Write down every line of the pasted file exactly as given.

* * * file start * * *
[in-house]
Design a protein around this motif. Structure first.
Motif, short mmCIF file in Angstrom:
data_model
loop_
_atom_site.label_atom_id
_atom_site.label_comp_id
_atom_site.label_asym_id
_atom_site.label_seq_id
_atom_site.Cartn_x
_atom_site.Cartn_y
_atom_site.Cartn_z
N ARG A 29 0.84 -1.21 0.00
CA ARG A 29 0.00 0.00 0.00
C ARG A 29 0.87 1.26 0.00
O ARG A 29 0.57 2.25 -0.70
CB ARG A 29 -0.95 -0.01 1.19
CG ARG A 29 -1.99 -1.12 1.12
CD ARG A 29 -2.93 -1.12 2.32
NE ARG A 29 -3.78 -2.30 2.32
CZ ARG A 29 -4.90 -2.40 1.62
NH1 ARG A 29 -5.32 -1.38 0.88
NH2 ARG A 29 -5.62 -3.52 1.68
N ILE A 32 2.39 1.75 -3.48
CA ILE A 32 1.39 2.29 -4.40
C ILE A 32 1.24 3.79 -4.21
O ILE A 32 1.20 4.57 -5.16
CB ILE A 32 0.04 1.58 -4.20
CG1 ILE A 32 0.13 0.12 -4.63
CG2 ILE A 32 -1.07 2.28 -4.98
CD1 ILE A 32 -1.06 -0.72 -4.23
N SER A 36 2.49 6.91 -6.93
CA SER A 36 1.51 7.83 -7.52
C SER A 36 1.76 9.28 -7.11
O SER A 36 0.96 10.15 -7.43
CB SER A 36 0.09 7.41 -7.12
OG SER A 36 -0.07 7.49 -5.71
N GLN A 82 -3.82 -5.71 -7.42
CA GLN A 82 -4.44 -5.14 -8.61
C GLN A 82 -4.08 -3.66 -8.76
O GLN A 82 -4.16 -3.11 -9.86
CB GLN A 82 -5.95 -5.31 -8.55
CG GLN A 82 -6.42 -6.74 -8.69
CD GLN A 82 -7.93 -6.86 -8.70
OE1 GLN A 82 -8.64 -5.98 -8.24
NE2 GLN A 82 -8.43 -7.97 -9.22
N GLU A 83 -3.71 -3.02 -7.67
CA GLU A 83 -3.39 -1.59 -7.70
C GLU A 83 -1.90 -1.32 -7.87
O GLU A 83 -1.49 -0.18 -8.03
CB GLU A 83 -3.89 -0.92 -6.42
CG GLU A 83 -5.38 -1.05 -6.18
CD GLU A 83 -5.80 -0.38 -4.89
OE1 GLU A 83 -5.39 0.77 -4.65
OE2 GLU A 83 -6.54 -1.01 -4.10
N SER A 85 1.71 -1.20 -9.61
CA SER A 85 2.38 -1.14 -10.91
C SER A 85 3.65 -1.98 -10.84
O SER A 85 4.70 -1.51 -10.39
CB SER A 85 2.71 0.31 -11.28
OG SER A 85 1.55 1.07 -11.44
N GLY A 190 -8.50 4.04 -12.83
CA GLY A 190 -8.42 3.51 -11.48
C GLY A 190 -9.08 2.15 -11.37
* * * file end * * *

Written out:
[in-house]
Design a protein around this motif. Structure first.
Motif, short mmCIF file in Angstrom:
data_model
loop_
_atom_site.label_atom_id
_atom_site.label_comp_id
_atom_site.label_asym_id
_atom_site.label_seq_id
_atom_site.Cartn_x
_atom_site.Cartn_y
_atom_site.Cartn_z
N ARG A 29 0.84 -1.21 0.00
CA ARG A 29 0.00 0.00 0.00
C ARG A 29 0.87 1.26 0.00
O ARG A 29 0.57 2.25 -0.70
CB ARG A 29 -0.95 -0.01 1.19
CG ARG A 29 -1.99 -1.12 1.12
CD ARG A 29 -2.93 -1.12 2.32
NE ARG A 29 -3.78 -2.30 2.32
CZ ARG A 29 -4.90 -2.40 1.62
NH1 ARG A 29 -5.32 -1.38 0.88
NH2 ARG A 29 -5.62 -3.52 1.68
N ILE A 32 2.39 1.75 -3.48
CA ILE A 32 1.39 2.29 -4.40
C ILE A 32 1.24 3.79 -4.21
O ILE A 32 1.20 4.57 -5.16
CB ILE A 32 0.04 1.58 -4.20
CG1 ILE A 32 0.13 0.12 -4.63
CG2 ILE A 32 -1.07 2.28 -4.98
CD1 ILE A 32 -1.06 -0.72 -4.23
N SER A 36 2.49 6.91 -6.93
CA SER A 36 1.51 7.83 -7.52
C SER A 36 1.76 9.28 -7.11
O SER A 36 0.96 10.15 -7.43
CB SER A 36 0.09 7.41 -7.12
OG SER A 36 -0.07 7.49 -5.71
N GLN A 82 -3.82 -5.71 -7.42
CA GLN A 82 -4.44 -5.14 -8.61
C GLN A 82 -4.08 -3.66 -8.76
O GLN A 82 -4.16 -3.11 -9.86
CB GLN A 82 -5.95 -5.31 -8.55
CG GLN A 82 -6.42 -6.74 -8.69
CD GLN A 82 -7.93 -6.86 -8.70
OE1 GLN A 82 -8.64 -5.98 -8.24
NE2 GLN A 82 -8.43 -7.97 -9.22
N GLU A 83 -3.71 -3.02 -7.67
CA GLU A 83 -3.39 -1.59 -7.70
C GLU A 83 -1.90 -1.32 -7.87
O GLU A 83 -1.49 -0.18 -8.03
CB GLU A 83 -3.89 -0.92 -6.42
CG GLU A 83 -5.38 -1.05 -6.18
CD GLU A 83 -5.80 -0.38 -4.89
OE1 GLU A 83 -5.39 0.77 -4.65
OE2 GLU A 83 -6.54 -1.01 -4.10
N SER A 85 1.71 -1.20 -9.61
CA SER A 85 2.38 -1.14 -10.91
C SER A 85 3.65 -1.98 -10.84
O SER A 85 4.70 -1.51 -10.39
CB SER A 85 2.71 0.31 -11.28
OG SER A 85 1.55 1.07 -11.44
N GLY A 190 -8.50 4.04 -12.83
CA GLY A 190 -8.42 3.51 -11.48
C GLY A 190 -9.08 2.15 -11.37